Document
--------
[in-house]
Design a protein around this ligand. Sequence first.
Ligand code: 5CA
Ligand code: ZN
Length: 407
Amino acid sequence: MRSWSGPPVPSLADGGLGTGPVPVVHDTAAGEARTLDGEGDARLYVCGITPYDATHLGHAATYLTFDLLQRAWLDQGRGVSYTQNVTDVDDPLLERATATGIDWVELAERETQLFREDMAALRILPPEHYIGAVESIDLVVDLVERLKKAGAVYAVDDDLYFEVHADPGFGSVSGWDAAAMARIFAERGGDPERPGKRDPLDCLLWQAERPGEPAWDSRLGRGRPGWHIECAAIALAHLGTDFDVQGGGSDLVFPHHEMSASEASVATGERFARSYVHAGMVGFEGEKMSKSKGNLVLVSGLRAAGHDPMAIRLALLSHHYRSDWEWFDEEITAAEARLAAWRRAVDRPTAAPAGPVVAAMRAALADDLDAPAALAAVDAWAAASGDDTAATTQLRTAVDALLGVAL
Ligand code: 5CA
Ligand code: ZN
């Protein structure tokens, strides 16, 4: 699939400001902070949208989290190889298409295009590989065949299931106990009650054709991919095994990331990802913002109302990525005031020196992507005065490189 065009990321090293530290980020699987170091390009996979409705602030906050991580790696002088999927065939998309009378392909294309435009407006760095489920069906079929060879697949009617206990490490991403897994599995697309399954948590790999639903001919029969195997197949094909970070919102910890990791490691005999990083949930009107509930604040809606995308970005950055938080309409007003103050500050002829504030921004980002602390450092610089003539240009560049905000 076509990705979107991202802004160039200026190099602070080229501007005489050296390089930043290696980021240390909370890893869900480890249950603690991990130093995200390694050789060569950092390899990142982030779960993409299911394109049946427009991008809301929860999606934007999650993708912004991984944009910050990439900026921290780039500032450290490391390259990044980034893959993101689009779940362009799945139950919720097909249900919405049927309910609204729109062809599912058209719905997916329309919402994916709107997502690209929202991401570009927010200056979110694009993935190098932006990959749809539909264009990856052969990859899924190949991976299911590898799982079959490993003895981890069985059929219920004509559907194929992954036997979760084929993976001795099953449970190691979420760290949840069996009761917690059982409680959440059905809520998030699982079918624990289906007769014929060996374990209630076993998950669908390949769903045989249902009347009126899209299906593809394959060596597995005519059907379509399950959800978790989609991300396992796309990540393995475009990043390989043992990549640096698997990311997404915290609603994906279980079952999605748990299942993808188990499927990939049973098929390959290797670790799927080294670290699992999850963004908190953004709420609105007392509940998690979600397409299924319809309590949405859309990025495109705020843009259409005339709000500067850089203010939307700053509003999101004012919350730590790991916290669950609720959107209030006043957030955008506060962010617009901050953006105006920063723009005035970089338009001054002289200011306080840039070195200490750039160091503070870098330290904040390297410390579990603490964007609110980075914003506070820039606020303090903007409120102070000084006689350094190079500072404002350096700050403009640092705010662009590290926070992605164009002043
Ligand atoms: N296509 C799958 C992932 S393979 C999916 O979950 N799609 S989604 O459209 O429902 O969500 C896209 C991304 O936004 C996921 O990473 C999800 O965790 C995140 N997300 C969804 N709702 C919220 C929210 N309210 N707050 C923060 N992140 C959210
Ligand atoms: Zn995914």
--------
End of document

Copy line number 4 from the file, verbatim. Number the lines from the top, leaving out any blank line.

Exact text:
Ligand code: ZN